Making Cities Work Better for Everyone
WRI Ross Center for Sustainable Cities helps turn cities into resilient, inclusive, low-carbon places that are better for people and the planet.
More than half the world’s population lives in cities. Urban areas are engines of economic growth and innovation — but also huge consumers of resources.
How cities are designed and governed affects quality of life for billions of people. Over the next 30 years, 2.5 billion people and as many as 1 billion more vehicles will be added to urban centers. Three-quarters of the infrastructure that will exist in cities by 2050 has yet to be built.
Cities are at a critical inflection point: Decisions made today will determine whether we continue on a path of fractured, unsafe, polluting growth, or succeed in creating a sustainable, resilient, more inclusive future.
of global GDP is produced in cities
of energy-related emissions come from cities
of city dwellers lack reliable access to at least one core service, like housing, water or electricity
Congestion costs 2-5% of GDP in Asia every year
WRI sees this moment as an opportunity for transformative change. We help decision-makers navigate competing tensions to shape a future where cities work better for everyone.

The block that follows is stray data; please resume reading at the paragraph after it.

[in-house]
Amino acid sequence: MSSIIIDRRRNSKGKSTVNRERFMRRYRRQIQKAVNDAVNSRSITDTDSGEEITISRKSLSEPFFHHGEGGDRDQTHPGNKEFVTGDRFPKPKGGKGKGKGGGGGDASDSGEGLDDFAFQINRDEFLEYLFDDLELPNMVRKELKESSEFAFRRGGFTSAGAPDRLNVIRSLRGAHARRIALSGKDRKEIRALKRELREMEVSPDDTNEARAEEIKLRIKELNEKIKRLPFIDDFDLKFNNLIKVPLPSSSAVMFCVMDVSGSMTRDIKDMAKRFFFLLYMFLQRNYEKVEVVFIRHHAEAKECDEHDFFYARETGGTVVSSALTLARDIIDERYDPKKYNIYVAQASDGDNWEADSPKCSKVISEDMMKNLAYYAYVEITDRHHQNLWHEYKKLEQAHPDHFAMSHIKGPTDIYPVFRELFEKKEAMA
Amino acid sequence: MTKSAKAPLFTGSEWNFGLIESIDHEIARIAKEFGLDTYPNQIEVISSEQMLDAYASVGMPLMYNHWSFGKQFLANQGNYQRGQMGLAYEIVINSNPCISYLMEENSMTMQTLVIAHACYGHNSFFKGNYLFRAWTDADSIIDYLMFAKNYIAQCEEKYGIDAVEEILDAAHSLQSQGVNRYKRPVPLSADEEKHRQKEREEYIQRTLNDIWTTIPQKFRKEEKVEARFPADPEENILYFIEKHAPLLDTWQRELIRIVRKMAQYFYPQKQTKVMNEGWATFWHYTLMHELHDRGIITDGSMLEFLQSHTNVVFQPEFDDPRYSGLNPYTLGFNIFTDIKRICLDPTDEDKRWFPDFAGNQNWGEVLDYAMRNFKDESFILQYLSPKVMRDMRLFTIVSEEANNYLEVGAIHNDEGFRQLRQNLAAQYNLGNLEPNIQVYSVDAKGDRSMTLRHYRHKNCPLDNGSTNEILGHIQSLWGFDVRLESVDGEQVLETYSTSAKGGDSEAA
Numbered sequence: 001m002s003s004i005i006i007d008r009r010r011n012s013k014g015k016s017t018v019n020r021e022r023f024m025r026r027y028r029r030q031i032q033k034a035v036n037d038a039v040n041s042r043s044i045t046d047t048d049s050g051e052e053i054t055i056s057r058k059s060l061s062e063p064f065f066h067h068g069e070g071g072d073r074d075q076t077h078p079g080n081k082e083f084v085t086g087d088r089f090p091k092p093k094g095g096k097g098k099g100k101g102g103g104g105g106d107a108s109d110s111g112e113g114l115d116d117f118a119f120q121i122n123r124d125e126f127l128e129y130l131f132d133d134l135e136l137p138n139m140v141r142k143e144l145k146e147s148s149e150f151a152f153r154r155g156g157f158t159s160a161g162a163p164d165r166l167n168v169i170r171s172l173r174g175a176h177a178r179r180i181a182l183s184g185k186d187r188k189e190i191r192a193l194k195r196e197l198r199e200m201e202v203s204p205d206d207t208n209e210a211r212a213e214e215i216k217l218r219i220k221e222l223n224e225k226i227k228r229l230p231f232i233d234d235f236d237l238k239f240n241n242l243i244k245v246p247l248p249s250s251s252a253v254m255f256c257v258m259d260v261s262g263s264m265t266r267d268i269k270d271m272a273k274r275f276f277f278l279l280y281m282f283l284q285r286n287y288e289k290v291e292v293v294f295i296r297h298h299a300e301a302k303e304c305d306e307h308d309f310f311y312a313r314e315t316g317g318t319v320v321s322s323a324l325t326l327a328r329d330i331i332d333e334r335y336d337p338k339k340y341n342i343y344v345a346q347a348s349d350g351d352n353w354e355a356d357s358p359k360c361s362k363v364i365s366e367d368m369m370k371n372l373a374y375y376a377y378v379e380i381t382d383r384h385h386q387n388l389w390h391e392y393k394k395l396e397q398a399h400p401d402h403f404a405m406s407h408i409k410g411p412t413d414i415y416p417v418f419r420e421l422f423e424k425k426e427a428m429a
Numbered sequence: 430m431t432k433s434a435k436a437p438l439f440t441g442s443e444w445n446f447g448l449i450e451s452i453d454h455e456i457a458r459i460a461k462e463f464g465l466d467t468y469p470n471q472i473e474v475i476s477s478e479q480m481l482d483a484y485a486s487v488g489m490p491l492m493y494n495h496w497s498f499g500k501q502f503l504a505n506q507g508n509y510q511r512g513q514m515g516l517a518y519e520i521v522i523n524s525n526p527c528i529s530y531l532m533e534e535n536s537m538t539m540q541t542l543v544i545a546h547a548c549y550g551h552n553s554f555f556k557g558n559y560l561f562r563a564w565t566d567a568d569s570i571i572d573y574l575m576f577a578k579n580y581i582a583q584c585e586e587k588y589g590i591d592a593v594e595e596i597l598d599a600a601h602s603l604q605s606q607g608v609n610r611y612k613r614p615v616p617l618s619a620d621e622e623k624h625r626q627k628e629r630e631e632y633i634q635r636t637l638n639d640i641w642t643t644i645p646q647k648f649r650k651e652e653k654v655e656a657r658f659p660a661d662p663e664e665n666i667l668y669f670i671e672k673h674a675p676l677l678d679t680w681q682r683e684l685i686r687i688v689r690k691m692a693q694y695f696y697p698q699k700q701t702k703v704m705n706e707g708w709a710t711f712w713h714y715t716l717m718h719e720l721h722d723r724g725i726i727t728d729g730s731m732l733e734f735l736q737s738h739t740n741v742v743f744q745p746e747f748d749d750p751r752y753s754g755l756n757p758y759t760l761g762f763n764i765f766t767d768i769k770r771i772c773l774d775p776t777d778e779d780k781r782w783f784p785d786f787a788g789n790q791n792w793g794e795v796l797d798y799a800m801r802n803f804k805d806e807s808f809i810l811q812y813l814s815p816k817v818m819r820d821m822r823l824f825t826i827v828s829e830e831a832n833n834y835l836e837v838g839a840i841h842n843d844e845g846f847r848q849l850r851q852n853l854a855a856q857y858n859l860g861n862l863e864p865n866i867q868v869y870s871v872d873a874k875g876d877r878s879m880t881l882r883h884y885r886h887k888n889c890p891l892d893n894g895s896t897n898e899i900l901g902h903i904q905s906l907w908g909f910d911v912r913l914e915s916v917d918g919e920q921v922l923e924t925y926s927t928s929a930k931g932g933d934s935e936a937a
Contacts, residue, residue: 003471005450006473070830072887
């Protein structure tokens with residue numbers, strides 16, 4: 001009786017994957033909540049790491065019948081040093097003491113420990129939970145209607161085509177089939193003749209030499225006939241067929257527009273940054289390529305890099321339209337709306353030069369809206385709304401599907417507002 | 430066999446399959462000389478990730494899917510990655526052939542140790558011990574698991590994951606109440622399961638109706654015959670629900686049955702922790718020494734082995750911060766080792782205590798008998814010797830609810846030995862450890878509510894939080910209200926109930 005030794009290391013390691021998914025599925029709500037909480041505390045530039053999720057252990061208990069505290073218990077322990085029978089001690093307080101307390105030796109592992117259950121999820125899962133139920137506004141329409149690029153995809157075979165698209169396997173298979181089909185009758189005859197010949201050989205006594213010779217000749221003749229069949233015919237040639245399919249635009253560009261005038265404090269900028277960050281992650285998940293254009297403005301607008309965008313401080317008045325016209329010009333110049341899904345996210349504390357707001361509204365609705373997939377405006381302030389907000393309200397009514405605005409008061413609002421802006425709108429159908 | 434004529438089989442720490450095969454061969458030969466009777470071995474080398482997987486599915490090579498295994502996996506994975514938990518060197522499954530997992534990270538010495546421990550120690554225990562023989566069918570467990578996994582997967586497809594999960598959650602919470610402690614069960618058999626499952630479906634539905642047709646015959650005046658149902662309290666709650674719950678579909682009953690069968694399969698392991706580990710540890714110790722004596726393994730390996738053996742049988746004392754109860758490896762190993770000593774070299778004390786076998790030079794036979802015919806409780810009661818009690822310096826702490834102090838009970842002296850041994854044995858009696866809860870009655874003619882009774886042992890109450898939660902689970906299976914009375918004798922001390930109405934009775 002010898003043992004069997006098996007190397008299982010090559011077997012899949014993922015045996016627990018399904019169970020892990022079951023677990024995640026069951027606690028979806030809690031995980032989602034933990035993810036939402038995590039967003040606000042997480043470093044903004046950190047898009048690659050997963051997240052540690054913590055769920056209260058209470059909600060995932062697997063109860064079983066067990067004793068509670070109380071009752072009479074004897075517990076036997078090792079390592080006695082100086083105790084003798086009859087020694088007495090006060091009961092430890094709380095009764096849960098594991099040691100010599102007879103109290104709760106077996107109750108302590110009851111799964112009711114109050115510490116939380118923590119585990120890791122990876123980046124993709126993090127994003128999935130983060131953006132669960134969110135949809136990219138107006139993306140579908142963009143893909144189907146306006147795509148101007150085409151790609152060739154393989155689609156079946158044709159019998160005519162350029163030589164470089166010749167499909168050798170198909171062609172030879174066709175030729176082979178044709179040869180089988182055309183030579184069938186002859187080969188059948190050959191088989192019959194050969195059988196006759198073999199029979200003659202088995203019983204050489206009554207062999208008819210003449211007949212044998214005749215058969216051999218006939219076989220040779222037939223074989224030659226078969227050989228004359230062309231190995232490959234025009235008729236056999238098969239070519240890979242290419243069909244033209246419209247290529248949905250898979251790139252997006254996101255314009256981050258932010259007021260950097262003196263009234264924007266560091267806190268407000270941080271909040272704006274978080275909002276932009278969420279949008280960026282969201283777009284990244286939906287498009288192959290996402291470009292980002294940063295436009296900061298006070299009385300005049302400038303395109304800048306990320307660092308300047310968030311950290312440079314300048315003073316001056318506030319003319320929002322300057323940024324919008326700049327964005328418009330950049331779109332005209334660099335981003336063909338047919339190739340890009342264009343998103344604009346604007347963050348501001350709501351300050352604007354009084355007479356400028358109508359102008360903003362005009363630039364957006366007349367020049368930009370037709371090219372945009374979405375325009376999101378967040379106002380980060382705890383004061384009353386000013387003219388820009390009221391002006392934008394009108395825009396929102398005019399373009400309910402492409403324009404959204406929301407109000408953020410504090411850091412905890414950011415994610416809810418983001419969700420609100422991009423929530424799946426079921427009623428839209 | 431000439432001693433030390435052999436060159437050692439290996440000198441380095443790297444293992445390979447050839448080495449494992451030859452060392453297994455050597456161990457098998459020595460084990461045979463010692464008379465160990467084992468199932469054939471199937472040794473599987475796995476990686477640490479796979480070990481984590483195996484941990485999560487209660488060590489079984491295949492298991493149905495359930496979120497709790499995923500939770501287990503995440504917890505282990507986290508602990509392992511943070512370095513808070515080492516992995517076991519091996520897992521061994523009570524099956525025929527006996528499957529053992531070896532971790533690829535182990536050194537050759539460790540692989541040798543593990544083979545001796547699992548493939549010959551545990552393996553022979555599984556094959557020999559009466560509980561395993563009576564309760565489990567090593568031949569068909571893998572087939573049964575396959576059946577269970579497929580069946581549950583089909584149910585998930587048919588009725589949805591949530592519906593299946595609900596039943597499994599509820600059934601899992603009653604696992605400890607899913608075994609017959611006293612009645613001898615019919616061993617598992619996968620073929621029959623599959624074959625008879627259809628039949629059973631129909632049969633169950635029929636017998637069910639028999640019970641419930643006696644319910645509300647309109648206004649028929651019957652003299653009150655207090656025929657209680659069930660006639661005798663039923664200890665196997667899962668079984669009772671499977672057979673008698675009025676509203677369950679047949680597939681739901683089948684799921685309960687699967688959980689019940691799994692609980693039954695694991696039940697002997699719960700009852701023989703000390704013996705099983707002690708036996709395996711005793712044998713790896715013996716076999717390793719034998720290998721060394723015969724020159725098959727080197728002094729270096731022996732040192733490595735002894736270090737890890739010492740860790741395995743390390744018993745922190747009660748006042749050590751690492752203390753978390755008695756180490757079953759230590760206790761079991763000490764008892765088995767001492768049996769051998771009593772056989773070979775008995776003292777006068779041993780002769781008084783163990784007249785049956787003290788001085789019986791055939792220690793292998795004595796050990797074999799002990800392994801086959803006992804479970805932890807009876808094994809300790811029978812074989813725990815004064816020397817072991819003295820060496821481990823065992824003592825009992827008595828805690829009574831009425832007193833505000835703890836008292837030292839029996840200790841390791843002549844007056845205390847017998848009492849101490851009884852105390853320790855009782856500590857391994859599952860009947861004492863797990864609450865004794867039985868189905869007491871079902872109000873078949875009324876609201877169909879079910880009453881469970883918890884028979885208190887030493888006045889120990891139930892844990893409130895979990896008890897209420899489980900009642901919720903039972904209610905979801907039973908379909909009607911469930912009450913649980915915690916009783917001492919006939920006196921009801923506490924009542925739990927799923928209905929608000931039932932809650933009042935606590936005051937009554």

Our network of local and international experts work in more than 100 cities across 75 countries. We produce practical, data-driven research on how fast-growing urban areas can sustainably deliver core services like transport, housing, clean water and sanitation to all residents. We work hand-in-hand with local leaders to advance solutions ranging from electric mobility to air quality improvements to better urban land use. And we forge long-term partnerships and coalitions to ensure that cities not only create change, but sustain it.
The World Resources Report: Towards a More Equal City focuses on helping cities in rapidly urbanizing regions alter their development trajectories as demand for infrastructure and services grows. This series of research papers and case studies examines whether providing equitable access to core urban services and infrastructure, like housing, water, sanitation, energy and transportation, leads to more economically productive and environmentally sustainable cities.